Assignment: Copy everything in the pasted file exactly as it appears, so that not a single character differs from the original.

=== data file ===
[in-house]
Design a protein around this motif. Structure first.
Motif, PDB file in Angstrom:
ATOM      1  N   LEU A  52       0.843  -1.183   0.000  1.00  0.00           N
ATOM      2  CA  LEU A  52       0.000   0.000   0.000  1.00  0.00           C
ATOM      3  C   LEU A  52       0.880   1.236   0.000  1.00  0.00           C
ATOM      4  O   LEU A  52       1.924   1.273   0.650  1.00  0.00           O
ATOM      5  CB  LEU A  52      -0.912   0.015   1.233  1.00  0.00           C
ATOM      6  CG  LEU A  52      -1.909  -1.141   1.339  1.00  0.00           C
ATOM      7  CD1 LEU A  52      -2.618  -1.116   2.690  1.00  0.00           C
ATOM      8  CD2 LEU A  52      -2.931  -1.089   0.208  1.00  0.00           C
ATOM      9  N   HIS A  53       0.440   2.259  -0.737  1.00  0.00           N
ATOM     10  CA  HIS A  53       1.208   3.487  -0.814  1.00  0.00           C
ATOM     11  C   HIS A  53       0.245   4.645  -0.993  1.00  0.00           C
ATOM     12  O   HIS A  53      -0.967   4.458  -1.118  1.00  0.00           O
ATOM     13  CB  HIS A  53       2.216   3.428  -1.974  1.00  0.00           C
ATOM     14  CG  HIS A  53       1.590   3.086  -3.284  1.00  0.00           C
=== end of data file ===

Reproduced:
[in-house]
Design a protein around this motif. Structure first.
Motif, PDB file in Angstrom:
ATOM      1  N   LEU A  52       0.843  -1.183   0.000  1.00  0.00           N
ATOM      2  CA  LEU A  52       0.000   0.000   0.000  1.00  0.00           C
ATOM      3  C   LEU A  52       0.880   1.236   0.000  1.00  0.00           C
ATOM      4  O   LEU A  52       1.924   1.273   0.650  1.00  0.00           O
ATOM      5  CB  LEU A  52      -0.912   0.015   1.233  1.00  0.00           C
ATOM      6  CG  LEU A  52      -1.909  -1.141   1.339  1.00  0.00           C
ATOM      7  CD1 LEU A  52      -2.618  -1.116   2.690  1.00  0.00           C
ATOM      8  CD2 LEU A  52      -2.931  -1.089   0.208  1.00  0.00           C
ATOM      9  N   HIS A  53       0.440   2.259  -0.737  1.00  0.00           N
ATOM     10  CA  HIS A  53       1.208   3.487  -0.814  1.00  0.00           C
ATOM     11  C   HIS A  53       0.245   4.645  -0.993  1.00  0.00           C
ATOM     12  O   HIS A  53      -0.967   4.458  -1.118  1.00  0.00           O
ATOM     13  CB  HIS A  53       2.216   3.428  -1.974  1.00  0.00           C
ATOM     14  CG  HIS A  53       1.590   3.086  -3.284  1.00  0.00           C